The Satanic Rites Of Dracula
aka Count Dracula And His Vampire Bride, Dracula Is Dead... And Well And Living In
Director Alan Gibson Writer Don Houghton
Cast Christopher Lee (Count Dracula), Peter Cushing (Professor Lorrimer Van Helsing), Michael Coles (Inspector
Tonight is the first in a four week season of British genre chillers, starting with Christopher Lee sucking his way through the Swinging Seventies in The Satanic Rites Of Dracula.
The name Hammer Films is virtually synonymous with British horror: a production house dating back to the Thirties who changed the face of horror cinema in the late Fifties with a pair of gory, colour-soaked reworkings of Frankenstein and Dracula. They were stylish and straight-faced, unlike the gleefully dumb horror pictures of the American drive-ins, with equal amounts of ghoulishness and restraint. The next Golden Age of Gothic Horror was about to begin, and Hammer led the pack for the next fifteen years, its Frankenstein series starring Peter Cushing as the Baron, and its Dracula films starring Christopher Lee with an occasional visit by Cushing as Van Helsing, book-ending its tenure.
Cushing and Lee WERE British horror until Hammer's gradual decline in the mid Seventies, and Christopher Lee was easily the most recognizable Dracula of his generation. Still, Hammer were forced to swing with the times, and dragged the Count kicking and screaming into the Seventies with an ill-advised
It seems bizarre that Hammer would give director Alan Gibson and writer Don Houghton a second shot at a contemporary Dracula sequel, and yet here it is: The Satanic Rites Of Dracula, set two years later, opens with an undercover agent infiltrating an updated version of the Hellfire Club. With his dying breaths he tells his aghast superiors tales of occult rituals and human sacrifice in the presence of government officials, the military and the country's top biochemist. Is it just harmless kicks for jaded power junkies, they ask Professor Van Helsing? Is it the Red Chinese, or something much darker? The trail of Hellfire leads Van Helsing to reclusive industrialist DD Denham, his multi-story mausoleum build on the final resting place of Dracula two years earlier, and to reveal his true identity and his diabolical Final Solution.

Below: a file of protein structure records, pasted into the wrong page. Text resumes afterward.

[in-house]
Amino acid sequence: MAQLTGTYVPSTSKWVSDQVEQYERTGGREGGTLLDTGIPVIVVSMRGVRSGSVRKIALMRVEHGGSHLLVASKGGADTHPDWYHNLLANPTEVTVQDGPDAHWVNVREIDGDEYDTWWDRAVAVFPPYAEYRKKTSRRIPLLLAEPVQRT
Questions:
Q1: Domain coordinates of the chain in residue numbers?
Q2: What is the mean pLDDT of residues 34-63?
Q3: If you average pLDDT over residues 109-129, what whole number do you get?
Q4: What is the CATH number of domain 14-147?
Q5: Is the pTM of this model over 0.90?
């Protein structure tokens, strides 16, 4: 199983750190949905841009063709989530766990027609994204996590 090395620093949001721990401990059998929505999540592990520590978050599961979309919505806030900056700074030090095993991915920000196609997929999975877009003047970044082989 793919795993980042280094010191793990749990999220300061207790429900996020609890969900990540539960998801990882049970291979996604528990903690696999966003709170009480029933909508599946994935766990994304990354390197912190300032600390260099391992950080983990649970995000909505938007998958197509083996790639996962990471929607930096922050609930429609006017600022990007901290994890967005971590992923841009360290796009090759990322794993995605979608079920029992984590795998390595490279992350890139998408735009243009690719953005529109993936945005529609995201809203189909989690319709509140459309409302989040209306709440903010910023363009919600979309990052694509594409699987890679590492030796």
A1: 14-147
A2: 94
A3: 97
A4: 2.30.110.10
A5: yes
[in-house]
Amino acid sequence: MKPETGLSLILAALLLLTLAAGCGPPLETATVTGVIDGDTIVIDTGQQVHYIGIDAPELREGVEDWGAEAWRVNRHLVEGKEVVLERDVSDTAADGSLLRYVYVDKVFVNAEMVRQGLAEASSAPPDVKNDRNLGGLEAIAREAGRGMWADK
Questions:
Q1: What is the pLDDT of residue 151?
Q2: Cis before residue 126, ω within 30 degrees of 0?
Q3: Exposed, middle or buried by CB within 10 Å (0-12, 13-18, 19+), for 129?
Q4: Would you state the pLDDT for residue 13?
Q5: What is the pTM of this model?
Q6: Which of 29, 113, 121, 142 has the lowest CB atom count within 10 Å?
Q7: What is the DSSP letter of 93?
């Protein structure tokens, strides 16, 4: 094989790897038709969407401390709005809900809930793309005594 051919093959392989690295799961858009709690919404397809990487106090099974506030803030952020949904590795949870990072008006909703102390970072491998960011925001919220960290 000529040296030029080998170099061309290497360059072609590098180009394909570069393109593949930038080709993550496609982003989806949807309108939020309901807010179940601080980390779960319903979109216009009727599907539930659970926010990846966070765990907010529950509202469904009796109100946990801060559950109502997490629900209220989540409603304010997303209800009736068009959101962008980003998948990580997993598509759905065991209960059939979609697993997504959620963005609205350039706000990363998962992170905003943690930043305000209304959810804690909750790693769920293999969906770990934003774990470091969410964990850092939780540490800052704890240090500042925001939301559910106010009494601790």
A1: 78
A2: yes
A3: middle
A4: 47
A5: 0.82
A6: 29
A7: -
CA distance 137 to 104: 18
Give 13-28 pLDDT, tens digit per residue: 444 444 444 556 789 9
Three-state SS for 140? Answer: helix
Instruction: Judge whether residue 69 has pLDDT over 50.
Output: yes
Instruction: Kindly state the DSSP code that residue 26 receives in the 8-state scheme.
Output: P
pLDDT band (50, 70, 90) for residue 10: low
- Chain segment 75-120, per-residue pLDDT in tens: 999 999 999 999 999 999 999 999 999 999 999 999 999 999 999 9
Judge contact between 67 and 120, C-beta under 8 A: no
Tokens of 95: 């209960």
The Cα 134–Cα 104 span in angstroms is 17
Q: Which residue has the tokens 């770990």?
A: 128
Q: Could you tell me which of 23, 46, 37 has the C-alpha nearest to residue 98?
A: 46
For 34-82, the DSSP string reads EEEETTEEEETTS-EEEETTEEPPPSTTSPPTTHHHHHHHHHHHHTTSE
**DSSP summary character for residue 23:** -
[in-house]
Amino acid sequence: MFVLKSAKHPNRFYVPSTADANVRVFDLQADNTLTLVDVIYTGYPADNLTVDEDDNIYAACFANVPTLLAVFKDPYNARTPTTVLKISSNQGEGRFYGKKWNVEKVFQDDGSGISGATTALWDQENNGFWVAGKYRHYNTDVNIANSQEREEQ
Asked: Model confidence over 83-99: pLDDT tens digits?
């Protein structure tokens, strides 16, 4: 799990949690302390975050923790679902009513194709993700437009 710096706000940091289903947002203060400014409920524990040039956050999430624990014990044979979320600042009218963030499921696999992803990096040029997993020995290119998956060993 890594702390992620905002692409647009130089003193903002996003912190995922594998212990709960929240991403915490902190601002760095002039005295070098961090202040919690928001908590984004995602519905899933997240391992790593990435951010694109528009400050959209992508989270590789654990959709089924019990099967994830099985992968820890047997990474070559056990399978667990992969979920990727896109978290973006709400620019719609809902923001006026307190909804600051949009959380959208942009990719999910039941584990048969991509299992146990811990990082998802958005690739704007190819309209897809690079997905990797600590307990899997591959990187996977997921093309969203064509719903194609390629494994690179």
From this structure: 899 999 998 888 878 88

The Satanic Rites Of Dracula would be the swan song in Hammer's fifteen-year series, and some would call it a sad coda for a once-great franchise. I for one find it a fascinating latter-day Hammer horror, a melding of familiar gothic motifs with a conspiracy thriller, its cold modernism captured in unnerving wide lenses and overcast with a real apocalyptic menace and Christopher Lee's shadow of timeless evil. Its flaws are many and glaring: there are simply too many protagonists vying for screen time, some welcome – the lovely Joanna Lumley as Van Helsing's granddaughter Jessica has perhaps the film's finest moment amongst a basement of amorous female vampires – some less welcome, and some, like the commanding presence of Christopher Lee in the title role, criminally underused.
In the same year British horror was under attack on multiple fronts – from the European sex-and-blood shockers to the spiraling gore of American drive-ins, to Warners releasing The Exorcist, the most expensive B film ever – the comparatively anaemic Satanic Rites... could never compete, lacking many of the essential Bs: blood, breasts, and budget. Let's hope the colder, infinitely more evil 21st Century will be kinder to it. Time to go into the basement and unleash the vampire brides for The Satanic Rites Of Dracula.